The insider attack occurred shortly after noon in Paktika province, which borders Pakistan, after an Afghan soldier got into a verbal dispute with an American service member, according to an account by the provincial governor’s office. The Americans returned fire, killing the Afghan gunman, provincial officials said. Afghan and American officials are investigating the incident, but provincial authorities said they had found no evidence that the Afghan soldier had links to the insurgency.
The U.S. military said an Afghan was detained after the shooting, but it provided no details about the circumstances.
Insider attacks became a paramount concern for the U.S.-led coalition here last year, when Afghan troops killed 64 foreign military personnel and civilians in 48 incidents. Far fewer have occurred this year. Before Saturday’s attack, five coalition members had been killed in so-called “green on blue” attacks.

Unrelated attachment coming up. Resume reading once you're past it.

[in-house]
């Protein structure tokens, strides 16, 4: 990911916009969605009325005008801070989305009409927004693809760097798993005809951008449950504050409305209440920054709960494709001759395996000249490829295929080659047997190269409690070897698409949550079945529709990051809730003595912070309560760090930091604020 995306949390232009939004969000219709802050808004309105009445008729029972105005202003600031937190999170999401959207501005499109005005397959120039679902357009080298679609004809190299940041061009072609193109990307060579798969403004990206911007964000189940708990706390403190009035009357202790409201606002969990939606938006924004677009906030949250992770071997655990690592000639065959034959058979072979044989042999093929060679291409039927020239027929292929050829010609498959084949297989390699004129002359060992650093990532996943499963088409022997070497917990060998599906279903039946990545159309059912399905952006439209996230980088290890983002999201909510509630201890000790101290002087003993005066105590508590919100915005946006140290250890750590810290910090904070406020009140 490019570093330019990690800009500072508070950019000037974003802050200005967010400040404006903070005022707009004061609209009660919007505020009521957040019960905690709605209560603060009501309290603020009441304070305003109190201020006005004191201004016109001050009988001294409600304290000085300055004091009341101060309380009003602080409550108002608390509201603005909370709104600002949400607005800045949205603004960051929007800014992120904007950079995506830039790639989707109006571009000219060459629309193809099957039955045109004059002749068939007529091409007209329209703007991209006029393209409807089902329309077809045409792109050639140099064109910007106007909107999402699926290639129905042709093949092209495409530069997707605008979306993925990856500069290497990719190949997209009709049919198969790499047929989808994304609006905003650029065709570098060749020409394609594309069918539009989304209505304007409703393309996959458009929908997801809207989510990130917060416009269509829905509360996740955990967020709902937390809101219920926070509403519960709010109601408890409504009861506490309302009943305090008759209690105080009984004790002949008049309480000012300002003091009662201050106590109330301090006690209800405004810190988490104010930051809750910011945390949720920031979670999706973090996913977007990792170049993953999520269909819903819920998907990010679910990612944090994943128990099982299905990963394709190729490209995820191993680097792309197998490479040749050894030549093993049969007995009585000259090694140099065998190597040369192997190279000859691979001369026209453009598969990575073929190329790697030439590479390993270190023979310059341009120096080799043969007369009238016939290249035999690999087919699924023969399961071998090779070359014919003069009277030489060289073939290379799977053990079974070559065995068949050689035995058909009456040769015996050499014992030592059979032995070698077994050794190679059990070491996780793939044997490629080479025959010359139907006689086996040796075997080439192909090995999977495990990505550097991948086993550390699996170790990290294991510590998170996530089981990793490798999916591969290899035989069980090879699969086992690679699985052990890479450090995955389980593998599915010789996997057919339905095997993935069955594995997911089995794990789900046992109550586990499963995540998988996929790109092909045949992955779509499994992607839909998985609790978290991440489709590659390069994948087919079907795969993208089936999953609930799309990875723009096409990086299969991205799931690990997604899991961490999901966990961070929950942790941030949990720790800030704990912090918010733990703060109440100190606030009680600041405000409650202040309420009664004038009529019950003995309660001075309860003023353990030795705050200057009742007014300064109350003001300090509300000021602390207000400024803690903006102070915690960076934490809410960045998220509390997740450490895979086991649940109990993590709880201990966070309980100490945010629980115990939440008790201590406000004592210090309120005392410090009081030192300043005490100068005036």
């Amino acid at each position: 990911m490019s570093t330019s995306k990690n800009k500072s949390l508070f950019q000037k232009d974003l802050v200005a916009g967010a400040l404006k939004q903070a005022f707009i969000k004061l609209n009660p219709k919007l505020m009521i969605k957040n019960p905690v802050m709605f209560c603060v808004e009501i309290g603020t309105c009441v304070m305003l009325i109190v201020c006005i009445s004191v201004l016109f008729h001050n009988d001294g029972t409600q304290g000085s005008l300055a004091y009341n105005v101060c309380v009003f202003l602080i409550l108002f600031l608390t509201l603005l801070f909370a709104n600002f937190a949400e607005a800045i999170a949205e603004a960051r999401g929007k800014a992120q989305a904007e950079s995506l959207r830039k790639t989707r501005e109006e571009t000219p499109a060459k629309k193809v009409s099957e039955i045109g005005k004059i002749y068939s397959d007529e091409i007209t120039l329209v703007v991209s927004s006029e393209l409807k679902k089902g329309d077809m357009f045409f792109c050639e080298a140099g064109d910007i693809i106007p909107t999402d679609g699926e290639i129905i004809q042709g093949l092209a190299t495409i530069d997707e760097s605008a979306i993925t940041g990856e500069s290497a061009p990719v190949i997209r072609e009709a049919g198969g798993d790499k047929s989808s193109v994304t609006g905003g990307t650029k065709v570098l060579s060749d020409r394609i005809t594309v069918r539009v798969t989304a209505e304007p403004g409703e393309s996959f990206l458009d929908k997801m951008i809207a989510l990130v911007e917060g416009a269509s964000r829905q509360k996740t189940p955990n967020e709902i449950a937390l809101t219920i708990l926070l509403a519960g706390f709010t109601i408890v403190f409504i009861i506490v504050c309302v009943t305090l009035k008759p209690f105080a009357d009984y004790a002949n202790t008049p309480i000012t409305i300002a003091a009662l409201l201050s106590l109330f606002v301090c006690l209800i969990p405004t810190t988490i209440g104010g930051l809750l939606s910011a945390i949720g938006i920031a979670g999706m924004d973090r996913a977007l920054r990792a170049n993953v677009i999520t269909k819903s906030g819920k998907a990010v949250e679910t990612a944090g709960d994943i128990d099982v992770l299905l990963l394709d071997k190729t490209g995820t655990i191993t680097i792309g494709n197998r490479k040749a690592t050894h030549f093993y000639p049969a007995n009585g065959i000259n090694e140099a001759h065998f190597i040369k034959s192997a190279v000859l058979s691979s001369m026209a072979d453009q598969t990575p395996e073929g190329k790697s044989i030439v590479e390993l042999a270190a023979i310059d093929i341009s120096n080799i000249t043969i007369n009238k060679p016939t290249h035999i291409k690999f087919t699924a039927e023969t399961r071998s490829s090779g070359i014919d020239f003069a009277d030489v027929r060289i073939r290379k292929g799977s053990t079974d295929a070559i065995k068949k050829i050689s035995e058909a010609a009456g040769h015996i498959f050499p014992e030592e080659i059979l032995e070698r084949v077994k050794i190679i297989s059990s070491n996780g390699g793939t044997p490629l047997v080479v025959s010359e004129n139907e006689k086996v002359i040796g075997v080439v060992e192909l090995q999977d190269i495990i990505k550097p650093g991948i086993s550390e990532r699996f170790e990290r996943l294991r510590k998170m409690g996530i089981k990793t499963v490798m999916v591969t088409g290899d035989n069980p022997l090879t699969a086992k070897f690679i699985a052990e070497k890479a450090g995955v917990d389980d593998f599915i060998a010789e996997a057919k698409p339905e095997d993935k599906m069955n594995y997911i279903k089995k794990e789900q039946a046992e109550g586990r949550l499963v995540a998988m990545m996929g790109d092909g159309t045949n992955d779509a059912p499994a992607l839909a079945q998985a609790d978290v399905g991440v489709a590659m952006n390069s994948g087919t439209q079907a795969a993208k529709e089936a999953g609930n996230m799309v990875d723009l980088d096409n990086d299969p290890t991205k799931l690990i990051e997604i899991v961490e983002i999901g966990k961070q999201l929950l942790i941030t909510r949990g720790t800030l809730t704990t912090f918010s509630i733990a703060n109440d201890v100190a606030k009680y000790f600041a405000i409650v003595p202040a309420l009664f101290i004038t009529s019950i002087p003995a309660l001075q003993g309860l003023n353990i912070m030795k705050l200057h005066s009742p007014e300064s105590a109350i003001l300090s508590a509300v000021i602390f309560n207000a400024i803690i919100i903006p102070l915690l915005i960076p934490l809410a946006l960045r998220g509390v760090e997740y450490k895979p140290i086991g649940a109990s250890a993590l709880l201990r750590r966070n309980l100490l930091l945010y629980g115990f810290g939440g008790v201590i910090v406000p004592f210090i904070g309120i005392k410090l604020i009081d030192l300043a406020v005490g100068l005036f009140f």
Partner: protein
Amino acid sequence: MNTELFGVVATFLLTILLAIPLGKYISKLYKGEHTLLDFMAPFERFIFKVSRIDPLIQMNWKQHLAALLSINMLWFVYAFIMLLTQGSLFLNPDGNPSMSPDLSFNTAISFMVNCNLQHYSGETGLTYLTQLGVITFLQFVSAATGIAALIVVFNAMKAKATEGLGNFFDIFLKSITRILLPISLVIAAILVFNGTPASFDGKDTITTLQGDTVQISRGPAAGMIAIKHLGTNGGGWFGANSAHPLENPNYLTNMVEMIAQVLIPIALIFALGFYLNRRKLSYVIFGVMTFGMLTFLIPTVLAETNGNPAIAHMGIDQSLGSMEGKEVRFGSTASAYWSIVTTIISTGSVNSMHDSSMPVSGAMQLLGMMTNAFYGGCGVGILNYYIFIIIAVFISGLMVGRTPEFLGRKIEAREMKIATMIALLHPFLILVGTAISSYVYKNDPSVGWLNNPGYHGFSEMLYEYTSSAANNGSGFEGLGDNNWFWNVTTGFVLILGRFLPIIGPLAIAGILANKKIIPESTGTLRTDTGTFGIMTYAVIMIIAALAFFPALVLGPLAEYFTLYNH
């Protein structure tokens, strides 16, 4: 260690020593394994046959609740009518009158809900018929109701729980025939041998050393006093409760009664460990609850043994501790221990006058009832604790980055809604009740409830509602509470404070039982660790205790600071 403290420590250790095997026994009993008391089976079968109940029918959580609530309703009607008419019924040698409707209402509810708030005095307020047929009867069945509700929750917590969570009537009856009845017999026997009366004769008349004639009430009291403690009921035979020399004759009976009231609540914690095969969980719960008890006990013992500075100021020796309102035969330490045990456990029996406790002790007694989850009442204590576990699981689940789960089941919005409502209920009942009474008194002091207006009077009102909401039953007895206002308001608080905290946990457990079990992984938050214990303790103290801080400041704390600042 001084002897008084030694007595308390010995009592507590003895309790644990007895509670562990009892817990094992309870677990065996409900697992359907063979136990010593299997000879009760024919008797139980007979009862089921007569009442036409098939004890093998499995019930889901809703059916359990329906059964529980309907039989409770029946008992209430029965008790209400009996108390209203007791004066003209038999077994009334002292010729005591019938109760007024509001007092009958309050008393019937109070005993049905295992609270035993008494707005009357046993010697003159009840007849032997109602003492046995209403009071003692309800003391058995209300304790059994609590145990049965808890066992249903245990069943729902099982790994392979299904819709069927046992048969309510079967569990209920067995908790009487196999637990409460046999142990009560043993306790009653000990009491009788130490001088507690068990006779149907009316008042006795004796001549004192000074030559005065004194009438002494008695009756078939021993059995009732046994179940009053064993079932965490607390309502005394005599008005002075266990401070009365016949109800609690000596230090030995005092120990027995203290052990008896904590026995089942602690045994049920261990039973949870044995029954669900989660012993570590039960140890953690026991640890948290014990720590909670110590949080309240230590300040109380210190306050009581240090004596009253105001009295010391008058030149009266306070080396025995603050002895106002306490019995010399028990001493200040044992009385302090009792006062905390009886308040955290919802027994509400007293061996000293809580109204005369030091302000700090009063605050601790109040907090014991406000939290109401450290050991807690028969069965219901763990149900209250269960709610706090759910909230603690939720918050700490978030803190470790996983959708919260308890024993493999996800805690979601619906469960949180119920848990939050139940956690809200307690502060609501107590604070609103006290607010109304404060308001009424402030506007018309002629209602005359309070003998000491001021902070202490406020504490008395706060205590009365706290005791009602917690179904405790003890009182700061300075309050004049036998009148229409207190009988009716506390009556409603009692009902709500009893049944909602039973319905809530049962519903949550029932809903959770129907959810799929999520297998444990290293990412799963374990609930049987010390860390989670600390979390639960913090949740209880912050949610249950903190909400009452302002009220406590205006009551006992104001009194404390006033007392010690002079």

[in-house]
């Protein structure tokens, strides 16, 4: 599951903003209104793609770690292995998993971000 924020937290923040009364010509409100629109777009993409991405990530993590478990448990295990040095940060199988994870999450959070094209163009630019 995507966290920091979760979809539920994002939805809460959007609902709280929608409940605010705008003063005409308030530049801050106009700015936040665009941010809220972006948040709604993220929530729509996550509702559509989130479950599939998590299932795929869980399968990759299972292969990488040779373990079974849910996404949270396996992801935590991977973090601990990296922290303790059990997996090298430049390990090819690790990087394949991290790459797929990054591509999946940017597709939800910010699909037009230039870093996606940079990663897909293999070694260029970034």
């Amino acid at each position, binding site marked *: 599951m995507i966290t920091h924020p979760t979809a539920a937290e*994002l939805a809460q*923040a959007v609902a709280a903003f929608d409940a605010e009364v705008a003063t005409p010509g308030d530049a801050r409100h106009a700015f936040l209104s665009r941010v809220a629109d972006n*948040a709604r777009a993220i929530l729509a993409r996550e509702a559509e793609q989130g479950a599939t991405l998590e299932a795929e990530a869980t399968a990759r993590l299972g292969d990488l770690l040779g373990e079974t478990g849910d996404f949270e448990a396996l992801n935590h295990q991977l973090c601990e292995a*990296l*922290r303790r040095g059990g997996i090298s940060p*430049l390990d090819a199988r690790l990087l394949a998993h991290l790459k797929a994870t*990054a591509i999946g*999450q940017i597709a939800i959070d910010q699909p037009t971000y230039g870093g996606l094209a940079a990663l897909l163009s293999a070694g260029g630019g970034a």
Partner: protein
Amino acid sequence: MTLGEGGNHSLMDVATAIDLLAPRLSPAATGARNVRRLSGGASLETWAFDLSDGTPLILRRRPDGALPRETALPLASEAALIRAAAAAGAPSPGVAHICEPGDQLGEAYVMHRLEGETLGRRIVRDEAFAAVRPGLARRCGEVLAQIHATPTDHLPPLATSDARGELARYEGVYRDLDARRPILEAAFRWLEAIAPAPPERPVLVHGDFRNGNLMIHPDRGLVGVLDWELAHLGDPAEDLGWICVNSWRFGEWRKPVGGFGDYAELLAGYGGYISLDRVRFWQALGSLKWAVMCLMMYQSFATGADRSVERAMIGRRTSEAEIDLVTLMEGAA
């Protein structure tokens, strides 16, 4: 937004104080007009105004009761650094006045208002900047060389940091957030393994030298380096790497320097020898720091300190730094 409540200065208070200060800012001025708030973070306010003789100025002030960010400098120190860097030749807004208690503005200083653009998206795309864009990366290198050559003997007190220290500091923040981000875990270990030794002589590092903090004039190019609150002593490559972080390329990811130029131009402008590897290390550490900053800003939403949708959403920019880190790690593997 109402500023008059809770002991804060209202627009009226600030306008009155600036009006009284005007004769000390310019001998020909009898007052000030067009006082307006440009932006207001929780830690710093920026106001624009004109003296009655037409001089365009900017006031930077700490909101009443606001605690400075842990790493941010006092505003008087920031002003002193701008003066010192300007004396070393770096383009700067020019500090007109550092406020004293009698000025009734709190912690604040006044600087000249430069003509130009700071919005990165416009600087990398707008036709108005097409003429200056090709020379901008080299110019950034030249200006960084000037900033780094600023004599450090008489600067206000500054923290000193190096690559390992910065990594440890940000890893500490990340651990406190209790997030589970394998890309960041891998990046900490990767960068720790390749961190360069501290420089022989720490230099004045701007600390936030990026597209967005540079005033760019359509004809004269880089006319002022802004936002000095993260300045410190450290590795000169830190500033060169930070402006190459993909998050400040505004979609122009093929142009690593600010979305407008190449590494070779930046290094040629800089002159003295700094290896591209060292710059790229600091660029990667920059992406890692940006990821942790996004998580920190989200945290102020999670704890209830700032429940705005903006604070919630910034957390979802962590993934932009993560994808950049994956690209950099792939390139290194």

U.S. military officials went to great lengths to study insider attacks last year after their prevalence began to poison the military partnership at the heart of the U.S. strategy for winding down the Afghan war. Investigators found that relatively few such attacks could be traced to the insurgency, with a high percentage stemming from fights over cultural differences.
Earlier Saturday, an Italian military training team was returning to its base in Farah province when it came under attack. One soldier was killed and three wounded in the blast, according to the Italian Defense Ministry.
The Taliban did not assert responsibility for that attack but hailed it in a statement. According to local reports, its statement, which could not be corroborated, said an 11-year-old child had lobbed a grenade at the Italians.
“This incident clearly shows the utter hatred of Afghans toward the foreign invaders who have occupied our land in the past decade,” the statement said.
Saturday’s military casualties came two days after seven Georgian troops were killed in a truck bombing in southern Afghanistan.
Julie Tate in Washington and Mohammed Sharif in Kabul contributed to this report.